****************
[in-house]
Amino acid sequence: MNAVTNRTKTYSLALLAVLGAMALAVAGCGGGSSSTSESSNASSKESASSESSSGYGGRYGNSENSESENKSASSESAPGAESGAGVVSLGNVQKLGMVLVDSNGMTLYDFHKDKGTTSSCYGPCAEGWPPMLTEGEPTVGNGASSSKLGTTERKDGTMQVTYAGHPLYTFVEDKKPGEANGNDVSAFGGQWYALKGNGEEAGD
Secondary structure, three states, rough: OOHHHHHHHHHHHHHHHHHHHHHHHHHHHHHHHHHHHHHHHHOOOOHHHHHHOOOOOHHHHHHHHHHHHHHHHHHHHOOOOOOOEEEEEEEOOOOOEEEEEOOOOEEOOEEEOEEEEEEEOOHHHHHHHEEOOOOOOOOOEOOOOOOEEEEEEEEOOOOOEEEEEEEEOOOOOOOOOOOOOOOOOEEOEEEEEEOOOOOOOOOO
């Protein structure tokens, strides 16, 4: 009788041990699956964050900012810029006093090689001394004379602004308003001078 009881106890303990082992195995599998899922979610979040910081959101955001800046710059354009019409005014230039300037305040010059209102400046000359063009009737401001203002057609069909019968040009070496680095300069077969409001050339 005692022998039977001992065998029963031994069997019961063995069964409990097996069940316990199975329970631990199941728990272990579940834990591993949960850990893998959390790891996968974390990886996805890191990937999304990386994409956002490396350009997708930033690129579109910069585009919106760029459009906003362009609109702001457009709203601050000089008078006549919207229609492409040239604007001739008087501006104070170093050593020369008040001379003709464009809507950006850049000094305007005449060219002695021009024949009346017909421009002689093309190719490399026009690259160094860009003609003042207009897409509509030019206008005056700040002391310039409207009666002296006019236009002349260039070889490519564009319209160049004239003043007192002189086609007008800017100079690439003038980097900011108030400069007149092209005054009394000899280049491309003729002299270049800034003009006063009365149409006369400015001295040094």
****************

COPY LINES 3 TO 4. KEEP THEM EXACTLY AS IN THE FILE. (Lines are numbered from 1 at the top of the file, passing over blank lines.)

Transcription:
Secondary structure, three states, rough: OOHHHHHHHHHHHHHHHHHHHHHHHHHHHHHHHHHHHHHHHHOOOOHHHHHHOOOOOHHHHHHHHHHHHHHHHHHHHOOOOOOOEEEEEEEOOOOOEEEEEOOOOEEOOEEEOEEEEEEEOOHHHHHHHEEOOOOOOOOOEOOOOOOEEEEEEEEOOOOOEEEEEEEEOOOOOOOOOOOOOOOOOEEOEEEEEEOOOOOOOOOO
């Protein structure tokens, strides 16, 4: 009788041990699956964050900012810029006093090689001394004379602004308003001078 009881106890303990082992195995599998899922979610979040910081959101955001800046710059354009019409005014230039300037305040010059209102400046000359063009009737401001203002057609069909019968040009070496680095300069077969409001050339 005692022998039977001992065998029963031994069997019961063995069964409990097996069940316990199975329970631990199941728990272990579940834990591993949960850990893998959390790891996968974390990886996805890191990937999304990386994409956002490396350009997708930033690129579109910069585009919106760029459009906003362009609109702001457009709203601050000089008078006549919207229609492409040239604007001739008087501006104070170093050593020369008040001379003709464009809507950006850049000094305007005449060219002695021009024949009346017909421009002689093309190719490399026009690259160094860009003609003042207009897409509509030019206008005056700040002391310039409207009666002296006019236009002349260039070889490519564009319209160049004239003043007192002189086609007008800017100079690439003038980097900011108030400069007149092209005054009394000899280049491309003729002299270049800034003009006063009365149409006369400015001295040094």